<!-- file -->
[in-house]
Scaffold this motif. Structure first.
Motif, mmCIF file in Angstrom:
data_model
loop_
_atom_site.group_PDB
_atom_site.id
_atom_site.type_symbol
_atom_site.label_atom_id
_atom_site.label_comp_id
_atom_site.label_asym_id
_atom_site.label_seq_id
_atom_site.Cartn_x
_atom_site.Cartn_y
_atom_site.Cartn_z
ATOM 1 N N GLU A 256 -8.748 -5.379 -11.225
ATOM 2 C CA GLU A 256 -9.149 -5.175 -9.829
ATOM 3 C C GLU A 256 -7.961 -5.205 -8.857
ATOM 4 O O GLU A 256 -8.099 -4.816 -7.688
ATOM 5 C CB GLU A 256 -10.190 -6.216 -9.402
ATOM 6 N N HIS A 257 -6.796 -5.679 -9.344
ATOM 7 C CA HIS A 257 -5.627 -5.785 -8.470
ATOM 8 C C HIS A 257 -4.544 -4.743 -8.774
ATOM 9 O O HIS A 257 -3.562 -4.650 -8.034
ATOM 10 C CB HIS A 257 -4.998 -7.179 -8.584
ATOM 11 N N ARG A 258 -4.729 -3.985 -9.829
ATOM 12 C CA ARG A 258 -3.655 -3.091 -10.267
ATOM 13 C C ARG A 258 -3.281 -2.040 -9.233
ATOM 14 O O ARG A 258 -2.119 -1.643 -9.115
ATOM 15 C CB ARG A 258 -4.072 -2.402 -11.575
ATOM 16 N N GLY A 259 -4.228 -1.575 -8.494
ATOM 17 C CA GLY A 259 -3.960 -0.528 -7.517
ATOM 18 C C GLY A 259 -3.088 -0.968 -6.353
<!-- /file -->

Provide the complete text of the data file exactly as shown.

[in-house]
Scaffold this motif. Structure first.
Motif, mmCIF file in Angstrom:
data_model
loop_
_atom_site.group_PDB
_atom_site.id
_atom_site.type_symbol
_atom_site.label_atom_id
_atom_site.label_comp_id
_atom_site.label_asym_id
_atom_site.label_seq_id
_atom_site.Cartn_x
_atom_site.Cartn_y
_atom_site.Cartn_z
ATOM 1 N N GLU A 256 -8.748 -5.379 -11.225
ATOM 2 C CA GLU A 256 -9.149 -5.175 -9.829
ATOM 3 C C GLU A 256 -7.961 -5.205 -8.857
ATOM 4 O O GLU A 256 -8.099 -4.816 -7.688
ATOM 5 C CB GLU A 256 -10.190 -6.216 -9.402
ATOM 6 N N HIS A 257 -6.796 -5.679 -9.344
ATOM 7 C CA HIS A 257 -5.627 -5.785 -8.470
ATOM 8 C C HIS A 257 -4.544 -4.743 -8.774
ATOM 9 O O HIS A 257 -3.562 -4.650 -8.034
ATOM 10 C CB HIS A 257 -4.998 -7.179 -8.584
ATOM 11 N N ARG A 258 -4.729 -3.985 -9.829
ATOM 12 C CA ARG A 258 -3.655 -3.091 -10.267
ATOM 13 C C ARG A 258 -3.281 -2.040 -9.233
ATOM 14 O O ARG A 258 -2.119 -1.643 -9.115
ATOM 15 C CB ARG A 258 -4.072 -2.402 -11.575
ATOM 16 N N GLY A 259 -4.228 -1.575 -8.494
ATOM 17 C CA GLY A 259 -3.960 -0.528 -7.517
ATOM 18 C C GLY A 259 -3.088 -0.968 -6.353